Published on Eurasian Perspectives

How can Slovakia better support municipalities to improve livelihoods in marginalized Roma communities?

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A young Roma woman holds a baby in Lomnicka, Slovakia A young Roma woman holds a baby in Lomnicka, Slovakia

According to Amnesty International, millions of Roma worldwide live in segregated slums, often without electricity or running water, and have lower access to healthcare. Roma children often experience segregation in schools and receive a lower standard of education.

Slovakia has one of the largest Roma communities in Europe of approximately 450 thousand people. The majority reside in the Prešov (PSK), Košice (KSK) and Banská Bystrica (BBSK) self-governing regions. Most Roma in these regions live in segregated settlements, which are characterized by poor living conditions, limited access to services, low education outcomes, and high long-term unemployment rates. As recently as November 2022, Krtíš District Court ordered the municipality of Veľký Krtíš to provide access to water twenty-four hours a day to its tenants, all of whom were Roma living for years in unsatisfactory conditions in a municipality-owned house.

This type of physical, economic, and social exclusion of Roma across all three of these regions not only contributes to Roma communities’ socio-economic deprivation, but also negatively affects these regions’ economic competitiveness. Recognizing the need to improve this situation, Slovakia has taken action. The country adopted in 2012 its first Strategy for Integration of Roma-2020, which was followed by the Strategy of Equality, Inclusion and Participation of Roma until 2030 adopted in 2021. The new Strategy draws on the eight years of experience of the previous approach and takes into account achievements made over the past several years. The new Strategy targets inclusion of marginalized Roma communities (MRC) in the areas of education, employment, access to healthcare, and housing, as well as fighting anti-Roma racism and supporting participation.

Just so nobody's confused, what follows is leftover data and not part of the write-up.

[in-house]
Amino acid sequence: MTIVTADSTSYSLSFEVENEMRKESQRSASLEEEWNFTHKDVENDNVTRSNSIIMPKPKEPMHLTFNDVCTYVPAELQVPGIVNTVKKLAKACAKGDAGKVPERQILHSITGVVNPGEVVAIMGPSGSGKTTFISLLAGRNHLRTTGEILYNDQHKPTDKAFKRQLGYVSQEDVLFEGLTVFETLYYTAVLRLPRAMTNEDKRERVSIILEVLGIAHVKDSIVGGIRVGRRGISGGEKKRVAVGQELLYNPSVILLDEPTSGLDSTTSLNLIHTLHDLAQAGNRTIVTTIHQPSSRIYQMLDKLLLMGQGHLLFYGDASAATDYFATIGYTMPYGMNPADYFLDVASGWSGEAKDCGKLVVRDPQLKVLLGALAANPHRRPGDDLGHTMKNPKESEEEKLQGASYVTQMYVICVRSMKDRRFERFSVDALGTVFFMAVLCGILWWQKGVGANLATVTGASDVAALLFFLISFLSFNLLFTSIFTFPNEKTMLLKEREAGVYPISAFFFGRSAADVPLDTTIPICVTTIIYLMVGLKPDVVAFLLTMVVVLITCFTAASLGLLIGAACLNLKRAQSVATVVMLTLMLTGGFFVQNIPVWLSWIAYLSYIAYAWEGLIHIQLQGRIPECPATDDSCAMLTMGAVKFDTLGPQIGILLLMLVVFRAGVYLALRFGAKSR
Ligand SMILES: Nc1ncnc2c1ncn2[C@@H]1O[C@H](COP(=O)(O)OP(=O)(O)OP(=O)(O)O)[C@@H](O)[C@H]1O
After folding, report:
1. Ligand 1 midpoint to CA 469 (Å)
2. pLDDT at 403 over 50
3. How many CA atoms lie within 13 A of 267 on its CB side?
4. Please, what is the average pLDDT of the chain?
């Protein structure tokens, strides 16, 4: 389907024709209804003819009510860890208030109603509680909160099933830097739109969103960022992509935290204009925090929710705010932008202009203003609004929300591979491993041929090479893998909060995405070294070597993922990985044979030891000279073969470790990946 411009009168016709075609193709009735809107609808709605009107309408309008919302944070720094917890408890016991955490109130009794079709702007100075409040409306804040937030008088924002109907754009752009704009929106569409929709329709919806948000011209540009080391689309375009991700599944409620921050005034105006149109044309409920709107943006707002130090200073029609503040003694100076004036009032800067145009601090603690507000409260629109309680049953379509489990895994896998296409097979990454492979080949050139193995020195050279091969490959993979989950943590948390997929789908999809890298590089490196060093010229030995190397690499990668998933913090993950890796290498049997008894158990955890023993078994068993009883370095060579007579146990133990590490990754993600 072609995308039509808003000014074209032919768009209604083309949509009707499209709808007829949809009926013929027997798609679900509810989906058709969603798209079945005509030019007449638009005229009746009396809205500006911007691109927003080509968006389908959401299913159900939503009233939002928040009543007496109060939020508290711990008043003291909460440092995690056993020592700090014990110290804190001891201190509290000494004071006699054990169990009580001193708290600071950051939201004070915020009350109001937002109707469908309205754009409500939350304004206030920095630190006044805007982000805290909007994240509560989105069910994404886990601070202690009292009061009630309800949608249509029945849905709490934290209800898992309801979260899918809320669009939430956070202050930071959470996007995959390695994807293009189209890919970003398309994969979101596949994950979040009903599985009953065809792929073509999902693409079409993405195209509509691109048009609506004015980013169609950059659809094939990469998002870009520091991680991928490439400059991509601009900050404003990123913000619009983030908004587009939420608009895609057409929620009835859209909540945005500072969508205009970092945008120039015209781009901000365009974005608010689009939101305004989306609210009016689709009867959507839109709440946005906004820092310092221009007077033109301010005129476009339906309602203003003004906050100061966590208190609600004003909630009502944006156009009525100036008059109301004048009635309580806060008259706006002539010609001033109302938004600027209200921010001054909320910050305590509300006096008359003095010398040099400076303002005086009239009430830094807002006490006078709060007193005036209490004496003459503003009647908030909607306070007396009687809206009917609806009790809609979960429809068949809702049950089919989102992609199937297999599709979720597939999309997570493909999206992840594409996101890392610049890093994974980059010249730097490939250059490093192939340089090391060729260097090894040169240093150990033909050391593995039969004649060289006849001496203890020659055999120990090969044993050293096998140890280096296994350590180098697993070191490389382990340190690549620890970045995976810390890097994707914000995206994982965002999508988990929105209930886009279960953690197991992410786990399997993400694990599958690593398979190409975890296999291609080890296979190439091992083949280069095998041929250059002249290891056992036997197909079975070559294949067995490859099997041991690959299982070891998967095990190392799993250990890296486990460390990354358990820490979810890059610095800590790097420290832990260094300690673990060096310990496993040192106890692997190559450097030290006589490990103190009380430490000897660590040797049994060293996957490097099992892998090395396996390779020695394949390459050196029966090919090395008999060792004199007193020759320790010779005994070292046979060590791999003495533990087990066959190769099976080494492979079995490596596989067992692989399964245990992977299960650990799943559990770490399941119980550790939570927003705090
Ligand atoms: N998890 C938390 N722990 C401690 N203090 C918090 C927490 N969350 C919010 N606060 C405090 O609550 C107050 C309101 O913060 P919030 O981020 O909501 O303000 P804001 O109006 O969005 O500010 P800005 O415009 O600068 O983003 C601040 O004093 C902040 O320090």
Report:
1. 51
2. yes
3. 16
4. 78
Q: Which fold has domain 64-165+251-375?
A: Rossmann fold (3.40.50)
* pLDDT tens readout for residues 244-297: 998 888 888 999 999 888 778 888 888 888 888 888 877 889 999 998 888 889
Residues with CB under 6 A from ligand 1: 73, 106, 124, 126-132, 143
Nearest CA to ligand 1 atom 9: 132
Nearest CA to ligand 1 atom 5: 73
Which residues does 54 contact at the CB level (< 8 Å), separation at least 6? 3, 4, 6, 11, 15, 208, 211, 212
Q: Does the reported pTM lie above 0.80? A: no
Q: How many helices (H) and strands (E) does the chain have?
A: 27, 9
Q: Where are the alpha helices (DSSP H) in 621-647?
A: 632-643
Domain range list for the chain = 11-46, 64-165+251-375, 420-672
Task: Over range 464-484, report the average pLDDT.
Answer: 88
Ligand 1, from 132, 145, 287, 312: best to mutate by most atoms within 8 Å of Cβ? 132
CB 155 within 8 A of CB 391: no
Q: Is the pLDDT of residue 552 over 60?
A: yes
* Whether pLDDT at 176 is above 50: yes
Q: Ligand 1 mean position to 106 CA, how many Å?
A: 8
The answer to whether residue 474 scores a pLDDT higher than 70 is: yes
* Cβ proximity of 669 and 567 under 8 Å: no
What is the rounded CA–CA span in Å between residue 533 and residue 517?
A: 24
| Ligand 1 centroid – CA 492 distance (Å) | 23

Municipal capacity strengthening is essential

Our team has aided Slovakia’s efforts in ensuring MRC inclusion as part of the broader Slovakia Catching-Up Regions Initiative (CuRI), launched in 2018 by the European Commission. Support provided to the PSK, KSK, and BBSK self-governing regions has focused on strengthening these regions’ capacity to plan for and implement investments using resources from the central government and the European Regional Development and Social Funds to address issues of Roma communities’ marginalization and exclusion as well as their inadequate access to basic services and limited economic activity.  Capacity here includes, but is not limited to, having staff with the technical skills and abilities to conceptualize, design and implement projects as well as preparing applications to access various European Commission and national funds.